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Onion's soul

Even an onion has got a soul. And if you don’t believe so, read these beautiful words that Mrs. Erica Jong - american novelist, poet and essayist - wrote in her book Fruit and Vegetables

Mrs. Jong has consistently used her craft to help provide women with a powerful and rational voice in forging a feminist consciousness. She still writes sensual and passionate books, like just a real woman can do. Here’s a small taste of her great sensibility (Paola Cerana)

“I am thinking of the onion again, with its two O mouths,
like the gaping holes in nobody. Of the outer skin, pinkish
brown, peeled to reveal a greenish sphere, bald as a dead
planet, glib as glass, & an odor almost animal. I consider
its ability to draw tears, its capacity for self-scrutiny,
flaying itself away, layer on layer, in search of its heart
which is simply another region of skin, but deeper &
greener. I remember Peer Gynt; I consider its sometimes
double heart. Then I think of despair when the onion
searches its soul & finds only its various skins; & I think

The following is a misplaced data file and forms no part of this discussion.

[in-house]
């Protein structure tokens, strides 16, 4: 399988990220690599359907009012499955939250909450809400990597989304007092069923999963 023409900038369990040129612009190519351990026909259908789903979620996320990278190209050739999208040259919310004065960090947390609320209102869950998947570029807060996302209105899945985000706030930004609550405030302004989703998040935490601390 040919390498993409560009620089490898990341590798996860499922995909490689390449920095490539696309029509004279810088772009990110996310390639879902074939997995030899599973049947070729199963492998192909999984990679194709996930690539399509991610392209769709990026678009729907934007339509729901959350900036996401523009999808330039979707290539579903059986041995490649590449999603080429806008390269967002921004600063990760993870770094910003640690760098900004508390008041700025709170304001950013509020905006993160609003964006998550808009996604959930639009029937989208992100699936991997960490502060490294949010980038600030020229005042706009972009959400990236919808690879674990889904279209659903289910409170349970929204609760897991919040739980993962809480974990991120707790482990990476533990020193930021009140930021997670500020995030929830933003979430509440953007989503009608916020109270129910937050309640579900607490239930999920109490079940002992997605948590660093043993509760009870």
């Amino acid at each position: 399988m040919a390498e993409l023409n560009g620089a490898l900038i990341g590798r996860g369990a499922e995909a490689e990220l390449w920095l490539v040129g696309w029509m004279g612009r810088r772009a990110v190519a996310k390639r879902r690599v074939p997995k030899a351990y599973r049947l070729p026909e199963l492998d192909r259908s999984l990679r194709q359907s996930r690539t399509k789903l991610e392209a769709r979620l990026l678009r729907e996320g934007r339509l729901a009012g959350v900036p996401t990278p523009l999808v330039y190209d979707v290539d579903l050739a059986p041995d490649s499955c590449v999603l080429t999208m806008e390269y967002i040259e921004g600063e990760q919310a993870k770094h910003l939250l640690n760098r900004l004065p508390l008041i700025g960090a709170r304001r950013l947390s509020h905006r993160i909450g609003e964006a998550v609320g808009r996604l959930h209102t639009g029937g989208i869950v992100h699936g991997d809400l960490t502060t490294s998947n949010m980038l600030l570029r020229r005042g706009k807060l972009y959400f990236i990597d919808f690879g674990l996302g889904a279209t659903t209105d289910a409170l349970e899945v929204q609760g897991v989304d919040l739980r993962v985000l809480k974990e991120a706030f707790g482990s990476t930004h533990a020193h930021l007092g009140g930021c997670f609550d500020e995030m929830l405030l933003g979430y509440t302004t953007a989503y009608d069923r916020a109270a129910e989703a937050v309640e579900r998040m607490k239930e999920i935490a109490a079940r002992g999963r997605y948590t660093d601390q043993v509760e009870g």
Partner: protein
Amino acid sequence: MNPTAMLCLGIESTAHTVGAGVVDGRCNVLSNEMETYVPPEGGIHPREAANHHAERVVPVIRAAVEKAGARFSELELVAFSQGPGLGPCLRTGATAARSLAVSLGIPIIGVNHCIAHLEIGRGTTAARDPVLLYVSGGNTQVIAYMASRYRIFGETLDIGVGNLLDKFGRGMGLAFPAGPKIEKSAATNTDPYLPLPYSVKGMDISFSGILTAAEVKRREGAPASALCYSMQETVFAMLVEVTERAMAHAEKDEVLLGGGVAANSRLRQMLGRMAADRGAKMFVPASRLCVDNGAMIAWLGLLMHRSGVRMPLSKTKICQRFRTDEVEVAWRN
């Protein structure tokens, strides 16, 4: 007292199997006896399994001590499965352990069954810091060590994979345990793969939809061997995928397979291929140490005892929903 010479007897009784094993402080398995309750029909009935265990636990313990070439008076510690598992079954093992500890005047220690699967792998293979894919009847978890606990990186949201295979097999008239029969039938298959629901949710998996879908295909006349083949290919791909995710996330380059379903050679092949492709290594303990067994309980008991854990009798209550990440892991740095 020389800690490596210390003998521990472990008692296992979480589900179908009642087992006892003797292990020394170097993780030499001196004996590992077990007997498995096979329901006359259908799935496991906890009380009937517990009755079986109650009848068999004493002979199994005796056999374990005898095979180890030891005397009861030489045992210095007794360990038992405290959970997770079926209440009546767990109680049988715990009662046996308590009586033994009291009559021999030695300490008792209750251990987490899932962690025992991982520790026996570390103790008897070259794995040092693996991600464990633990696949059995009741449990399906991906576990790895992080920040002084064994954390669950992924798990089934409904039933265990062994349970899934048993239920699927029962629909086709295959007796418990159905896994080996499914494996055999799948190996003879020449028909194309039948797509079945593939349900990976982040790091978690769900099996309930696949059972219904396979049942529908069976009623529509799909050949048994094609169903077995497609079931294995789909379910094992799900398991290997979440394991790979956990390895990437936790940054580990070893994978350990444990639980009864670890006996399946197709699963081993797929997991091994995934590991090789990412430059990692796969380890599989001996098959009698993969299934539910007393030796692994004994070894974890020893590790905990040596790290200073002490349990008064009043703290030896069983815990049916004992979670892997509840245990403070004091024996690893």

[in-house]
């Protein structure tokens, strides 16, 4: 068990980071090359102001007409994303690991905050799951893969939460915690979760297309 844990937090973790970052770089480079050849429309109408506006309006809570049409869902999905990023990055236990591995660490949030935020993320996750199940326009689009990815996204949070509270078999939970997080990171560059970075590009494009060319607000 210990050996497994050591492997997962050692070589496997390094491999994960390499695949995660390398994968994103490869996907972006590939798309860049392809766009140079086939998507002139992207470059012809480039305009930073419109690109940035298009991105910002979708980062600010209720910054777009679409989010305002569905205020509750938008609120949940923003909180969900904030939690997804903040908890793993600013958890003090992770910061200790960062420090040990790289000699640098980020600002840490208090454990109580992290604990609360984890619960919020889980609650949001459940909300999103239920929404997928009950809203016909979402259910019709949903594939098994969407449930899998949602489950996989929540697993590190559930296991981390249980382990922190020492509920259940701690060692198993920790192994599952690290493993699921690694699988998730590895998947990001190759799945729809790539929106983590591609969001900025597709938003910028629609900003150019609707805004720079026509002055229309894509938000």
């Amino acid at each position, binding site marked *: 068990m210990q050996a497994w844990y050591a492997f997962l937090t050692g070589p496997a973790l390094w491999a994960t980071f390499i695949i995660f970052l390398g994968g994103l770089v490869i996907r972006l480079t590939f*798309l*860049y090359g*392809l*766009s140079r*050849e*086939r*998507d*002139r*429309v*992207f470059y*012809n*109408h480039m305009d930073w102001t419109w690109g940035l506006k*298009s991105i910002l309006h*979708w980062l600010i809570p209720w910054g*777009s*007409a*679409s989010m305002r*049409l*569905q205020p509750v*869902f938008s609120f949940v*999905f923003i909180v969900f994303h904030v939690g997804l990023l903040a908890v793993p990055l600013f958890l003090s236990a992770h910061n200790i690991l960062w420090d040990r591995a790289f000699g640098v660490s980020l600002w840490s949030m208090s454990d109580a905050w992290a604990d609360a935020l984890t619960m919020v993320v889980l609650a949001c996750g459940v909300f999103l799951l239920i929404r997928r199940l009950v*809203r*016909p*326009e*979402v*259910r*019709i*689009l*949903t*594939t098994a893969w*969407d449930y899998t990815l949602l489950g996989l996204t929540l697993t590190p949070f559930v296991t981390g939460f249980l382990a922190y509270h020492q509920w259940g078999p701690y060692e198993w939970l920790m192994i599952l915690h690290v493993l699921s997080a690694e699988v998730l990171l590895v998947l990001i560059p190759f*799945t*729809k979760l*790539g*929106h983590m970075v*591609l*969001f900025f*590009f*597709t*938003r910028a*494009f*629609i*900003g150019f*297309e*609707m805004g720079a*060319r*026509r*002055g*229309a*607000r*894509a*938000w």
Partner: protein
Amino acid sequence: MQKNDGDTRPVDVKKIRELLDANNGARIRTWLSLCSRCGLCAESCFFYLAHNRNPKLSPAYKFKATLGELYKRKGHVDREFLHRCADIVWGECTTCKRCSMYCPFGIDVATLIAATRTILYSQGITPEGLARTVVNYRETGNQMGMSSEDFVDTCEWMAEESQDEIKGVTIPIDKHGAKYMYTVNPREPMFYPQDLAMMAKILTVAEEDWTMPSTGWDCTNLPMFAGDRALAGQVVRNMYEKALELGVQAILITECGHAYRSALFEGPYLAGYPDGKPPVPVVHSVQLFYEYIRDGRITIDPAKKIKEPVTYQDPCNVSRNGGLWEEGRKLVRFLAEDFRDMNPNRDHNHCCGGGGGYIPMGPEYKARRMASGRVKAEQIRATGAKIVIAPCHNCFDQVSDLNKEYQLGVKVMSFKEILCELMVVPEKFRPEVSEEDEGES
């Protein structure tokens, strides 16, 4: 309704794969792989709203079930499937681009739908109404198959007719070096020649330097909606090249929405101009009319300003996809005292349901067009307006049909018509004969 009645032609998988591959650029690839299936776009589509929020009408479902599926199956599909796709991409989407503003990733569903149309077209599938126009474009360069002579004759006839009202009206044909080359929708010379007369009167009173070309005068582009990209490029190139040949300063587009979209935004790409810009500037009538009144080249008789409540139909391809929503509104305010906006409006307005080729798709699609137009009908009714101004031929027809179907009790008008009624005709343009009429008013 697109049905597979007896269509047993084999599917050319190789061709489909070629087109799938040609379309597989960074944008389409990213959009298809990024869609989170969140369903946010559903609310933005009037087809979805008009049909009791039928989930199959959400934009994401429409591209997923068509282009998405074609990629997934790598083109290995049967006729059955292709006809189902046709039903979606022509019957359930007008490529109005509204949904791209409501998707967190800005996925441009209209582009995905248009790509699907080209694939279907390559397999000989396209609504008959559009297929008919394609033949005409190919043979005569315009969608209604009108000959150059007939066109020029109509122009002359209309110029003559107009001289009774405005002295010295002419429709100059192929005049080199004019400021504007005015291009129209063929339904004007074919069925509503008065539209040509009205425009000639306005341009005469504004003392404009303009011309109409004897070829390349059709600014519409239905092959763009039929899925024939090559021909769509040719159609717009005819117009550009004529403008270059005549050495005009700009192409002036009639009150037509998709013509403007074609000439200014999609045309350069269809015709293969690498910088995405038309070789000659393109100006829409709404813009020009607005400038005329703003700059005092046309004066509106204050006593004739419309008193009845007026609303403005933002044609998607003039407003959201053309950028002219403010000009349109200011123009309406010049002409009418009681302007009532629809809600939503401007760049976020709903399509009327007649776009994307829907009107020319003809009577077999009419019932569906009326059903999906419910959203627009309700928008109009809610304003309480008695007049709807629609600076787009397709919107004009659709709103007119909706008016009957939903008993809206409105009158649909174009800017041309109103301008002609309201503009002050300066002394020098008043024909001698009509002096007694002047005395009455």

of the dried tuft of roots leading nowhere & the parched
umbilicus, lopped off in the garden. Not self-righteous
like the proletarian potato, nor a siren like the apple. No
show-off like the banana. But a modest, self-effacing
vegetable, questioning, introspective, peeling itself away,
or merely radiating halos like lake ripples. I consider it
the eternal outsider, the middle child, the sad analysand
of the vegetable kingdom. Glorified only in France (other-
wise silent sustainer of soups & stews), unloved for itself
alone-no wonder it draws our tears! Then I think again
how the outer peel resembles paper, how soul & skin
merge into one, how each peeling strips bare a heart
which in turn turns skin ...”

“Fruit and Vegetables” (1971), by Erica Jong

by T N
02 april 2012, Food Notes > Food Tourism